Richard Wills, Executive Director, said: “We are, of course, disappointed with the decision. We believe that our proposals would have increased library provision in the county, while also making substantial savings, meaning taxpayers would be getting a much better deal.
“The judge agreed there was a need to make savings, that our proposals would meet our statutory duties and that we’d carefully considered the impact on all residents. However, his decision means we will now need to undertake further consultation and re-examine the proposal from Greenwich Leisure Ltd.”
Wills added: “Ironically, although we must consider that proposal as a community offer to take over the council’s services under the Localism Act, it could lead to the library service being put out to procurement and outsourced to a commercial organisation.”
Lincolnshire’s Executive Director said the council remained open-minded about what happened next. “However, we need to take time to consider the best way forward, and will announce our next steps in the near future.”
He added: “What this judgment doesn’t change is the need for us to find further yearly savings of £90m by 2018.”
Paul Heron, the solicitor at law firm Public Interest Lawyers who had conduct of the case, said: “When this legal challenge was launched we called on Lincolnshire County Council to think again, and seriously re-consider the cuts they had proposed. They ignored my client, dismissed his claims that the consultation was flawed, and ignored the fact that the cuts could be avoided.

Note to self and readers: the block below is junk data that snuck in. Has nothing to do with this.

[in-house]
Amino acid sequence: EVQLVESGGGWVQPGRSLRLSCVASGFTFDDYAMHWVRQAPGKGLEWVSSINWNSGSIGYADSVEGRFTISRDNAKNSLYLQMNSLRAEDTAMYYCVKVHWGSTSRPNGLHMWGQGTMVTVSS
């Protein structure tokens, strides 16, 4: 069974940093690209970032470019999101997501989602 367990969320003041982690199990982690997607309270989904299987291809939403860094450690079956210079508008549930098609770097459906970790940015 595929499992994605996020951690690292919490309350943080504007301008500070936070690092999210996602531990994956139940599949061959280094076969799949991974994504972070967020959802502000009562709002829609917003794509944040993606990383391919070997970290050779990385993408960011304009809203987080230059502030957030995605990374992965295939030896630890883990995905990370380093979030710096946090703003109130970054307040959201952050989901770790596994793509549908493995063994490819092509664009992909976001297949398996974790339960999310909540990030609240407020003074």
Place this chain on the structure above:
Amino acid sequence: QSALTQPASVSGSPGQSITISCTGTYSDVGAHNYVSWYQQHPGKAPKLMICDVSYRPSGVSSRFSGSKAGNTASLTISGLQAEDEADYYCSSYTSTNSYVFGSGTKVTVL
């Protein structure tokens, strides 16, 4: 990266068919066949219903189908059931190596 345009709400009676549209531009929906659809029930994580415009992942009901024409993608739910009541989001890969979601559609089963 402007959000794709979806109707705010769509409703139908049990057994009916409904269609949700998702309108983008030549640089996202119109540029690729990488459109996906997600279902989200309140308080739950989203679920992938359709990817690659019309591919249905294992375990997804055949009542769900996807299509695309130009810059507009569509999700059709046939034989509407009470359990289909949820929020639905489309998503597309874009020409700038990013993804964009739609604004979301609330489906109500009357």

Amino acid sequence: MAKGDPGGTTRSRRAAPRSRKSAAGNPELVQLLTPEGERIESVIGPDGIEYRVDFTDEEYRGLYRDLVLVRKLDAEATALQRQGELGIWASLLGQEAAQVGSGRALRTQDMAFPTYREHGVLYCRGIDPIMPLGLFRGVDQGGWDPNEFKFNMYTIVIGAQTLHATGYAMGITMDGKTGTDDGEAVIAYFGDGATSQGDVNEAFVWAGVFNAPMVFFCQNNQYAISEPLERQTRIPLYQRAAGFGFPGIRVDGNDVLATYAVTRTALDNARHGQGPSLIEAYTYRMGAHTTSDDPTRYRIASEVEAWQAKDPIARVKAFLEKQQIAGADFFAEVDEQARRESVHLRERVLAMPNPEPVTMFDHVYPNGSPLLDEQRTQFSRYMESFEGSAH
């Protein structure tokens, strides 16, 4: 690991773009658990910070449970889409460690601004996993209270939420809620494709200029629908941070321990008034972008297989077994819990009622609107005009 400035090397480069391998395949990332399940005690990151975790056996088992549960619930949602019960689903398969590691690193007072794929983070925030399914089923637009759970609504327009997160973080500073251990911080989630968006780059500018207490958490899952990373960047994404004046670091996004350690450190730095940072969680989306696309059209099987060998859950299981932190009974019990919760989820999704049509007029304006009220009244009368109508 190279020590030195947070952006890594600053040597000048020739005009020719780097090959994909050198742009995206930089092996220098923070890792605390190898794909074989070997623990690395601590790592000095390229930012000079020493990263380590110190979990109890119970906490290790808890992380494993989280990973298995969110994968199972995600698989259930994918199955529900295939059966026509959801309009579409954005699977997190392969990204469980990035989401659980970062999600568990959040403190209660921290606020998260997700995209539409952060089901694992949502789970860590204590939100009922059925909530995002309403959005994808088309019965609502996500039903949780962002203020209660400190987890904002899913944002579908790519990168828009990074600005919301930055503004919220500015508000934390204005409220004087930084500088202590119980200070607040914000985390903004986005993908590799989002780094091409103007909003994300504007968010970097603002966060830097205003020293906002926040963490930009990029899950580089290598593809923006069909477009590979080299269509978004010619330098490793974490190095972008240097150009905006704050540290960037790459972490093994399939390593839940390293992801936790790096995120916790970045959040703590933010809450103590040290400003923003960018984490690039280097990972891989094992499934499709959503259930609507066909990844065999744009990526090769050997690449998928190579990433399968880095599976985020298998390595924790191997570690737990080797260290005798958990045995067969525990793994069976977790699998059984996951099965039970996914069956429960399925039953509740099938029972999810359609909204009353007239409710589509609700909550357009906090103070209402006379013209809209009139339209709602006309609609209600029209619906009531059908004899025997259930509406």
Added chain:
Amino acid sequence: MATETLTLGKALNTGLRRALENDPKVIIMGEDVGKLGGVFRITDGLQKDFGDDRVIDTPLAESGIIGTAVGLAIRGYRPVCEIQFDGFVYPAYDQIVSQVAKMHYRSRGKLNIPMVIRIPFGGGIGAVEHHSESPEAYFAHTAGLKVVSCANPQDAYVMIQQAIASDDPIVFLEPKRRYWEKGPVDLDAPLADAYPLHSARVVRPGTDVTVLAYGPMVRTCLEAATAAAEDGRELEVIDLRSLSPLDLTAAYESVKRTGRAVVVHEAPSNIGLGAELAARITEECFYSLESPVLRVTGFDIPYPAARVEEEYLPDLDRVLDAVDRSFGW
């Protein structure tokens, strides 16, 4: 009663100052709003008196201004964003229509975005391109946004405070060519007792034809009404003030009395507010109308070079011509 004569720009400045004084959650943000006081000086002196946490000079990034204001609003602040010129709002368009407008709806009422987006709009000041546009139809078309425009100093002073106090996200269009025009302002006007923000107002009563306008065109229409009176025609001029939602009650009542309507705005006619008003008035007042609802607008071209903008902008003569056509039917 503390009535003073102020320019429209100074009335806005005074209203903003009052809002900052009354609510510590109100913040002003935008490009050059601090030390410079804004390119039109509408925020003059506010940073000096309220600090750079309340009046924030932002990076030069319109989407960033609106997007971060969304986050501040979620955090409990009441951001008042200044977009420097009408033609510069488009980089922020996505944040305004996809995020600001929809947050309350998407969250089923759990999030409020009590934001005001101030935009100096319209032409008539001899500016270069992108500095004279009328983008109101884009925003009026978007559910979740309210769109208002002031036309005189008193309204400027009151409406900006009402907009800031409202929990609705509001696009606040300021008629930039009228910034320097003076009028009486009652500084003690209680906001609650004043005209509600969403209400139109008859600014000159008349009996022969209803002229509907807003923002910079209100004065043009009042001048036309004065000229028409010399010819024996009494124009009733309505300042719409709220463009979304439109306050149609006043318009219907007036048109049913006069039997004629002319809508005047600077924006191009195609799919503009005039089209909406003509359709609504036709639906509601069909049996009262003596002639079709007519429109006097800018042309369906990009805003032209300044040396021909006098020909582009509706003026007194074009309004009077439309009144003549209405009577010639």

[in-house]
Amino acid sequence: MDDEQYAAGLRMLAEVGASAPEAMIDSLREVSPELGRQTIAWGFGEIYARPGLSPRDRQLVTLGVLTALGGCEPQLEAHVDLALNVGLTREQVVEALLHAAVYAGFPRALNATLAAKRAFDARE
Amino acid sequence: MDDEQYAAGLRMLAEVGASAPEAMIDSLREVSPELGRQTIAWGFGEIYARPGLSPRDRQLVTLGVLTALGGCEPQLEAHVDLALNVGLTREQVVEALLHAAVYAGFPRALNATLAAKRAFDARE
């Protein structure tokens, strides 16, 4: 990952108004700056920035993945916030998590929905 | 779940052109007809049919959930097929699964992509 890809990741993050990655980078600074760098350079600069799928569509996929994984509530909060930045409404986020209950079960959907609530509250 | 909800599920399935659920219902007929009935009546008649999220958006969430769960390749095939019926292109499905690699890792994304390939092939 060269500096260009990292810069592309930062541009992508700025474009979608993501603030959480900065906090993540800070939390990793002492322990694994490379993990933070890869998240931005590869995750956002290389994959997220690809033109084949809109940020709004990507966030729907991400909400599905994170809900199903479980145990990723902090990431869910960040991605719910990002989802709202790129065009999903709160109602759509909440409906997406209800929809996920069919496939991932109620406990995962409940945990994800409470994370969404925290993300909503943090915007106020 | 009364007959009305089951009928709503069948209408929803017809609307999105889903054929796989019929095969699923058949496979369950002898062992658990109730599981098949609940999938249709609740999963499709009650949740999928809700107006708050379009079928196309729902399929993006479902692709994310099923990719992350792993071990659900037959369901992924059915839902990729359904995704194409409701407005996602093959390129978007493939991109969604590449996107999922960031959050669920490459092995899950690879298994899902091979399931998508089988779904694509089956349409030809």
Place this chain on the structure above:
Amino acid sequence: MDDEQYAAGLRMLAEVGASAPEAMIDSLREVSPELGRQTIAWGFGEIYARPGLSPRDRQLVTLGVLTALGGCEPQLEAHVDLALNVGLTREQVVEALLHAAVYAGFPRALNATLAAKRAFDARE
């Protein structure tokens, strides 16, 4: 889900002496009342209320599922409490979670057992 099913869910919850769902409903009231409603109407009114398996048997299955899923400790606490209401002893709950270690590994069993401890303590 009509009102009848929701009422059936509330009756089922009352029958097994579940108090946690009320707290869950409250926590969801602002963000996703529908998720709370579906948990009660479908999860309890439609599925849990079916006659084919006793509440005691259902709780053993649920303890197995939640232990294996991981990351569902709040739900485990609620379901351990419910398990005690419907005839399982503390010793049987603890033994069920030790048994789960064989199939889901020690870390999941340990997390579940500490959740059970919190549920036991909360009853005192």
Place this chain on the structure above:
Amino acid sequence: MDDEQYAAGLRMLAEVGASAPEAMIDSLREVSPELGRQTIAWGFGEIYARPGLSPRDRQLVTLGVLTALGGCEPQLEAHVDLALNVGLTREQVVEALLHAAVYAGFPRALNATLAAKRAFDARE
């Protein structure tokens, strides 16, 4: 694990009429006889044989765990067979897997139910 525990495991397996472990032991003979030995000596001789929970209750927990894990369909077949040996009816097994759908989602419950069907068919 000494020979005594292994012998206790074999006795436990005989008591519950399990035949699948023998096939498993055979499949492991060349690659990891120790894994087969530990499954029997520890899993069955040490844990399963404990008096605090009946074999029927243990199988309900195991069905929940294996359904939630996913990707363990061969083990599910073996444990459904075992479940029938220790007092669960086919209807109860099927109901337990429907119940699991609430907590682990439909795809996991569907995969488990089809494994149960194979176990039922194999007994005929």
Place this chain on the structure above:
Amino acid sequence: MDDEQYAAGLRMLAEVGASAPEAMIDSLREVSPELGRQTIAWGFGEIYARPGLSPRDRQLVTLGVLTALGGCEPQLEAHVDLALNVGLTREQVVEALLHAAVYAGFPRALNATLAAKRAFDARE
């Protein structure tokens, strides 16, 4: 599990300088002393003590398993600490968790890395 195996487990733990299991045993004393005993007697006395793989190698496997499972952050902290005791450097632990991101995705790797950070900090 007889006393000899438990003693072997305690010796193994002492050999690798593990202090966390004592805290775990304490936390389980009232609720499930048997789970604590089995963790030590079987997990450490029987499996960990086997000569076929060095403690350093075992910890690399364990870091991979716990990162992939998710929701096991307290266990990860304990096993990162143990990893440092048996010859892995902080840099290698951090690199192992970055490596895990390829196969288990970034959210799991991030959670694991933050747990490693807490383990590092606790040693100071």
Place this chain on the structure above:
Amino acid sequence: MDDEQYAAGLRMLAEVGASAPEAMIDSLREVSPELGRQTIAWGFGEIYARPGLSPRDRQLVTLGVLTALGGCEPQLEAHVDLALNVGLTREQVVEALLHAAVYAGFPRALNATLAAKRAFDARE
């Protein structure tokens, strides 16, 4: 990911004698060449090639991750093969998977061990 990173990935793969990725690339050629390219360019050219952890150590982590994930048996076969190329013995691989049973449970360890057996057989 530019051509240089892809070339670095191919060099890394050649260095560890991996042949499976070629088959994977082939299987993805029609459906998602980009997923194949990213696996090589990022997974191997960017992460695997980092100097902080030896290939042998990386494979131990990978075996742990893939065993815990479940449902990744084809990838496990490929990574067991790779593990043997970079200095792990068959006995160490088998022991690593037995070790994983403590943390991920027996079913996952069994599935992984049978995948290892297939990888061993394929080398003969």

“The Court has listened and ruled that Lincolnshire County Council’s proposals, which would have decimated the library service and cost hundreds of jobs, were wrong as a matter of law.”
John Hough, spokesman for the campaign group Save Lincolnshire Libraries, said: “We hope this decision will mean that people throughout Lincolnshire will continue to be able to access a properly run public library service which will continue to be run by experienced staff supported by volunteers. Who will run this service is now open to question.
“What came out in court is that Greenwich Leisure is a substantial organisation with lots of ideas about how to maintain, run and improve the library service and they and others like them should now have an opportunity to properly put forward their plans.”
He added: “While Save Lincolnshire Libraries would have preferred the library service to remain with the county council, it has become clear that they are unwilling to invest in and maintain the service now and in the future. In our view a new provider would now be the best option.”
Hough said: “Throughout this process Save Lincolnshire Libraries has on many occasions said that the county council could have stopped the legal process if it had listened to the people of Lincolnshire and changed its plans. It consistently refused to do so and has spent hundreds of thousands of pounds of public money trying to impose and then defend the indefensible.”